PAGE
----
The cryptocurrency community is on a collision course with government regulators and the centralized banking system, and the outcome could have big repercussions for a digital currency model based on decentralized finance and peer-to-peer transactions around the globe.
The coming collision was very much on the minds of attendees at Bitcoin Amsterdam this week, billed by event host Bitcoin Magazine as the “biggest Bitcoin conference in Europe.” The Netherlands setting offered a bit of irony. The Bank of Amsterdam was established in 1609 as the world’s first true central bank, and the Sibos central banking conference was taking place at the same time in a different venue across town.
“Are they talking about which nation state they want to cancel from the financial system?” BTC Inc. Chief Executive David Bailey asked in opening session remarks. “I can promise you that’s not what we’re talking about here. As we say in bitcoin: Fix the money and fix the world.”
Central banks pursue digital options
The problem confronting Bailey, and the rest of the bitcoin community, is that the very powers chartered to manage the centralized banking model are looking to both compete with and rein in the largely unregulated cryptocurrency space. The current battleground involves two four-letter acronyms: CBDC and FATF.
CBDC or central bank digital currency is a digital form of a country’s fiat money. According to the International Monetary Fund, China and India, the most populous countries in the world, are farthest along in launching CBDC. European finance leaders recently confirmed plans for a digital euro in 2023, and a key policy adviser in the White House indicated that the U.S. is “closely examining” options for issuing a dollar-based CBDC.
“Bitcoin is something serious all around the world and central banks are grappling with that,” said Frank Holmes, executive chairman of Hive Blockchain Technologies, during a panel session at the event. “They are going to copy. It’s just a matter of time.”
While major countries move to digitize existing fiat money, the cryptocurrency community has expressed concern over the implications of such a move. In September, the Bitcoin Policy Institute released a report citing China’s use of the CBDC as a cautionary tale for the U.S. to consider in its own plans.
Chinese authorities have indicated that CBDC should not be as anonymous as cash, raising privacy concerns among advocates for other digital currencies that the move to CBDCs will result in government tracking of personal spending habits. Jerome Powell, chairman of the U.S. Federal Reserve, has said that if the U.S. were to issue a CBDC, it would also not be anonymous.
“CBDCs stand for control,” Allen Farrington, an independent journalist who covers bitcoin, said during a panel session at the conference. “I’d rather stand for freedom.”
Rising concerns over privacy
The battle over keeping digital currency anonymized and free of state control has spilled into the regulatory realm within the European Union. Concerns over global money laundering, as far back as 1989, led G-7 nations to form the Financial Action Task Force or FATF. The group has since emerged as a significant concern in the cryptocurrency world over digital currency regulation.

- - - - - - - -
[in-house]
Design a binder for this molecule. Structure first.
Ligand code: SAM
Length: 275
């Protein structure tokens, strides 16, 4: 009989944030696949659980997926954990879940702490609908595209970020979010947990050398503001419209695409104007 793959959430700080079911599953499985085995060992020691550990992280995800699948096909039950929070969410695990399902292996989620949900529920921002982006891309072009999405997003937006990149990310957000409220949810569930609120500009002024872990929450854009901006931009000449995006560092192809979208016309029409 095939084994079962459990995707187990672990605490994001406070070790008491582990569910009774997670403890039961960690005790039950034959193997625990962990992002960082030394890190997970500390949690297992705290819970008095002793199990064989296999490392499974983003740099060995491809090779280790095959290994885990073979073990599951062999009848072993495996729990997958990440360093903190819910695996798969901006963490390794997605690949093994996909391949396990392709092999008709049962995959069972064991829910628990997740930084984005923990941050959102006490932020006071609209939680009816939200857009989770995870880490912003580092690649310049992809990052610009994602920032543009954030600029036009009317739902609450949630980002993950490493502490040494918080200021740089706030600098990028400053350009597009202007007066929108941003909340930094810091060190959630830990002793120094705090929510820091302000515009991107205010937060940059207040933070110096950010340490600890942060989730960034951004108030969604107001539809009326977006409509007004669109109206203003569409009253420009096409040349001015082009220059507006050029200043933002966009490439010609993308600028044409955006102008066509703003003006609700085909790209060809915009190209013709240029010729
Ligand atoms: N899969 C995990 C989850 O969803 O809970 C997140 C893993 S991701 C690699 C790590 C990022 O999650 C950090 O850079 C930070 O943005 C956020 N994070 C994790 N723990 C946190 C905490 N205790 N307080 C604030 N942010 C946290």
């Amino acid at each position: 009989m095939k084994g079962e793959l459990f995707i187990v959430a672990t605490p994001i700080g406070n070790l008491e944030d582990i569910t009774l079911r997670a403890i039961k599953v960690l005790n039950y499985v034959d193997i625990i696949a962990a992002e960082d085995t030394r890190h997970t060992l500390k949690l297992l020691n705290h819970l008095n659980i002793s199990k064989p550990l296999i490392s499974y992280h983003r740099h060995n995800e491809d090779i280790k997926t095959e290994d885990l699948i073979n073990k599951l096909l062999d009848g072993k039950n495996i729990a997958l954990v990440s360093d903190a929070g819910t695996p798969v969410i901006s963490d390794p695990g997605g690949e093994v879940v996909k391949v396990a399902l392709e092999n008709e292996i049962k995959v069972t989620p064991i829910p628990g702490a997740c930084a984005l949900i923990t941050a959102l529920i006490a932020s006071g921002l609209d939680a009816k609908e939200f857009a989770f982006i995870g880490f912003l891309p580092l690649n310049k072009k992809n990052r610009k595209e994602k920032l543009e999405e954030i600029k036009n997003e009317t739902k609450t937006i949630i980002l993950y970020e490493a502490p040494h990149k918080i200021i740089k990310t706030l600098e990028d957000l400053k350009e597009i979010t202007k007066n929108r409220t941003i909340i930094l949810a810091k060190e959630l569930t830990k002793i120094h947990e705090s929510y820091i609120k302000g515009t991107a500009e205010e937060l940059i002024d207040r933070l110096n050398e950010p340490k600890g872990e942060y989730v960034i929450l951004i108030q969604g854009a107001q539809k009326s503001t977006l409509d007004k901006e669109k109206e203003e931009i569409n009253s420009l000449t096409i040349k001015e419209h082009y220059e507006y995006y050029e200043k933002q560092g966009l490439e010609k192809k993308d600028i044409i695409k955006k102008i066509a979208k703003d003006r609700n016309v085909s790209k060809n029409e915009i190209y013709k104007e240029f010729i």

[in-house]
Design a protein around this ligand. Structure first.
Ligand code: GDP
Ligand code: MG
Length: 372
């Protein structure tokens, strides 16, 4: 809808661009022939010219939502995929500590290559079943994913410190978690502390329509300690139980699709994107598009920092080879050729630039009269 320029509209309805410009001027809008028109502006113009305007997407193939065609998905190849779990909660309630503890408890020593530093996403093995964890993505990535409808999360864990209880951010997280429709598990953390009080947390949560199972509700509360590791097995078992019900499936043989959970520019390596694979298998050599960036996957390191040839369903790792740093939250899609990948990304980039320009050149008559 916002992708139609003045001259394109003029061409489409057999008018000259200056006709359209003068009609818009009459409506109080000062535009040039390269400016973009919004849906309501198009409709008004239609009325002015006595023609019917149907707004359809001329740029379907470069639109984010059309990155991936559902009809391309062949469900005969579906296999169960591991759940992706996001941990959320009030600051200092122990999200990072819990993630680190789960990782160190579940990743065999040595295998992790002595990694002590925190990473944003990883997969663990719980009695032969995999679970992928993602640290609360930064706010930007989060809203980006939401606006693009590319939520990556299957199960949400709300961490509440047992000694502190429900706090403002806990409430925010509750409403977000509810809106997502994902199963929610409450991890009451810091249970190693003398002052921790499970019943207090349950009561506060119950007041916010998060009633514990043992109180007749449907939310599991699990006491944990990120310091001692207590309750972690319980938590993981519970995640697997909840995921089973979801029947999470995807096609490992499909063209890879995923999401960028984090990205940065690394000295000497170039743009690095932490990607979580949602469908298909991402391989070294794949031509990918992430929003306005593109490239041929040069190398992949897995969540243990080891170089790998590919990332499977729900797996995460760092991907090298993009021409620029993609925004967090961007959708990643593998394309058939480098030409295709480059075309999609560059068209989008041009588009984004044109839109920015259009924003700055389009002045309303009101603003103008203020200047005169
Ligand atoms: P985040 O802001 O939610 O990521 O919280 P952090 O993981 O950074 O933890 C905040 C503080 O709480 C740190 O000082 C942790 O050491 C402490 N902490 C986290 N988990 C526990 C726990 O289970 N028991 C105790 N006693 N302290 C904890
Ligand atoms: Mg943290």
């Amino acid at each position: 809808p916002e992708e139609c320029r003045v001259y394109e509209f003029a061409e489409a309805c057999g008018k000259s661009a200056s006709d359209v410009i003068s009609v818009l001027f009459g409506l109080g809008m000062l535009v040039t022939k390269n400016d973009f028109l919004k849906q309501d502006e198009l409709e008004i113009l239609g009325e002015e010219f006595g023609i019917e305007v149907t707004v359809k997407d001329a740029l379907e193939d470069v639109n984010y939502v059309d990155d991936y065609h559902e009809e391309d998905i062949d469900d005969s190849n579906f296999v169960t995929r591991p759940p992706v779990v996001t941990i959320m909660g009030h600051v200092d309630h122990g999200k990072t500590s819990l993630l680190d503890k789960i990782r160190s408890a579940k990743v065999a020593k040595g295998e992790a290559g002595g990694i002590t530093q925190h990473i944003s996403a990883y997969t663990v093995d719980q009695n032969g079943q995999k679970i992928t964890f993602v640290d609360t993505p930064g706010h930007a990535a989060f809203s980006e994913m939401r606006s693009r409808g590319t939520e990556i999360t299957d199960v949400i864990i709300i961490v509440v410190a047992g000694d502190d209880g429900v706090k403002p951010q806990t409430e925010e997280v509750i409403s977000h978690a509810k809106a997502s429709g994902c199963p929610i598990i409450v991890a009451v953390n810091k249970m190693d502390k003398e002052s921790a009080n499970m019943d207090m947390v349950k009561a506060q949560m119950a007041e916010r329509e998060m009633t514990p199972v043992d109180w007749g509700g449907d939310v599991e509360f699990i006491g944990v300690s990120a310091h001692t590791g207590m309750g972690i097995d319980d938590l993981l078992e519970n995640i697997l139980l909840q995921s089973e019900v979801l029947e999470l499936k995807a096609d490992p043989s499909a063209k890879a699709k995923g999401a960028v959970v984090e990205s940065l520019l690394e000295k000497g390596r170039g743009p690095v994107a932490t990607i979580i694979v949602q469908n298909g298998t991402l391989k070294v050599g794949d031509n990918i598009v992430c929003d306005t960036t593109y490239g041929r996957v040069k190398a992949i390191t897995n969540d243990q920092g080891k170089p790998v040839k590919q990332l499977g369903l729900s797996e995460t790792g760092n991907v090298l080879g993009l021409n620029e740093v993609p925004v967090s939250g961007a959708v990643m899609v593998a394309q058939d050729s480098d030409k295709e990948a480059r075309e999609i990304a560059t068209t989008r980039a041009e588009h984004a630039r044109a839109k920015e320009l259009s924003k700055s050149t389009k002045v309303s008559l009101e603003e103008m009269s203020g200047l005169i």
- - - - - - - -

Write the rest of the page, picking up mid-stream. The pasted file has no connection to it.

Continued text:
Earlier this week the European Parliament moved forward with a plan to regulate digital currencies according to the same provisions as traditional finance by making all digital transactions traceable in keeping with the FATF charter. The move raised additional concern around privacy for future digital transactions throughout much of Europe and exposed vulnerabilities within the crypto community over how it is handling the regulatory threat.
“As far as I’m concerned, this FATF panel can go [blank] themselves,” said Matt Odell, co-founder and executive editor of CoinPrices.io. “I have zero faith in finance regulators pulling back on surveillance.”
Kevin Murcko is the founder and CEO of the crypto exchange Coinmetro, and he has been advising regulators and government agencies on how to apply governance to new financial markets. Murcko’s position, as recently outlined in a blog post on his company’s website, is that decentralized finance should be regulated in the interest of controlling fraud and making DeFi more accessible to a wider audience.
However, Murcko expressed concern this week that the double freight trains of CBDC and FATF could potentially steamroll a nascent industry unless the crypto community can present a stronger argument in its defense.
“We have all the tools we need to get rid of cumbersome regulation, but they don’t understand the technology,” said Murcko. “We need to control the narrative. We have a terrible narrative right now.”
WikiLeaks and bitcoin
That narrative, based on technological change and challenges to entrenched institutions, has nevertheless found appeal in other areas of societal transformation. One of the keynote speakers at Bitcoin Amsterdam was Stella Assange, wife of Julian Assange, who founded WikiLeaks, publisher of classified information provided by anonymous sources.
When WikiLeaks posted nearly a half-million classified documents related to U.S. wars in Iraq and Afghanistan in 2010, the PayPal account used by the nonprofit for donations was closed. One year later, payment companies representing over 97% of the global market had shut off the WikiLeaks funding taps. That forced the website to turn to the bitcoin community, and over a 10-year period WikiLeaks received $37 million in bitcoin donations.
“The PayPal closure just shut off WikiLeaks from 99% of the revenue, and it led to WikiLeaks becoming one of the early adopters of bitcoin,” Assange said. “Bitcoin and its technology are trying to fight censorship in the same way as Julian. There is a lesson to be learned there about anyone who challenges the hegemonic order.”
Photo: Mark Albertson/SiliconANGLE
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